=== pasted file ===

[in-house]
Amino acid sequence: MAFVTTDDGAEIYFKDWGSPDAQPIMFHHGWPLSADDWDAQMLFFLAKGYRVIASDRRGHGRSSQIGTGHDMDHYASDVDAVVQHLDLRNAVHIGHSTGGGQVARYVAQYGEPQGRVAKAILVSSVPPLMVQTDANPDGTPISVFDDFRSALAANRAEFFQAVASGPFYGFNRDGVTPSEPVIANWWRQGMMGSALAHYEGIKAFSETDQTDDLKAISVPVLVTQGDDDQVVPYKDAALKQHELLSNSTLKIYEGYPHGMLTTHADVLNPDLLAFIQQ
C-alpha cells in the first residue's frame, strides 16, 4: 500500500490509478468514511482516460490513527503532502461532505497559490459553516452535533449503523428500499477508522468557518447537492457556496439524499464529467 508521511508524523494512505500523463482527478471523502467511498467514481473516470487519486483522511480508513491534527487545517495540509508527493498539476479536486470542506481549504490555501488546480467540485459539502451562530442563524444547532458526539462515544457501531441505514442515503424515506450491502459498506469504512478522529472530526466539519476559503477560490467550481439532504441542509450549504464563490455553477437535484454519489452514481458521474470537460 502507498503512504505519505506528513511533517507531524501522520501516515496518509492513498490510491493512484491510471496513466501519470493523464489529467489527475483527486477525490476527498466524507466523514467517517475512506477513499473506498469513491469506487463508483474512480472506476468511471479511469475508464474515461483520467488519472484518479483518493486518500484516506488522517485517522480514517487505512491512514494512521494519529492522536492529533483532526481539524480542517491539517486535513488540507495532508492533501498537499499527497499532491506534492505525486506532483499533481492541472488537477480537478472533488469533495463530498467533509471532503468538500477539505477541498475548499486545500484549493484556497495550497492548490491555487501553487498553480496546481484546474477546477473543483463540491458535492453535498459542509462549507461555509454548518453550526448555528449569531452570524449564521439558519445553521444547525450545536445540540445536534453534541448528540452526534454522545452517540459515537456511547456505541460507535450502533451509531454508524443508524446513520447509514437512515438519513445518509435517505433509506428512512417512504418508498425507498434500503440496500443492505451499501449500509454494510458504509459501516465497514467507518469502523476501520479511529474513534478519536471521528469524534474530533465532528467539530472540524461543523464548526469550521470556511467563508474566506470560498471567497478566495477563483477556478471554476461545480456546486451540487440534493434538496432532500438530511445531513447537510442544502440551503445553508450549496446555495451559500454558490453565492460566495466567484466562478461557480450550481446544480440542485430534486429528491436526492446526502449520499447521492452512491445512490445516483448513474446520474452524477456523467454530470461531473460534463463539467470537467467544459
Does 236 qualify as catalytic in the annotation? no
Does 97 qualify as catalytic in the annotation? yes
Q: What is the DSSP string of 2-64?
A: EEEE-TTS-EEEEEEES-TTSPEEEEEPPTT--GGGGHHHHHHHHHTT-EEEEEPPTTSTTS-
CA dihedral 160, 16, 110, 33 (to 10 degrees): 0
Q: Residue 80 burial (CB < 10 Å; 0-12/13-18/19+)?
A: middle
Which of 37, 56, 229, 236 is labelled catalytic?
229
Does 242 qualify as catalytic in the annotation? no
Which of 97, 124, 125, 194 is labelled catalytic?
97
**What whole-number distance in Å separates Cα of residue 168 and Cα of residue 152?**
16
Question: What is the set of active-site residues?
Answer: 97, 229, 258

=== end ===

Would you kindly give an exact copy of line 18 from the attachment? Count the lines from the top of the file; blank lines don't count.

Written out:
Question: What is the set of active-site residues?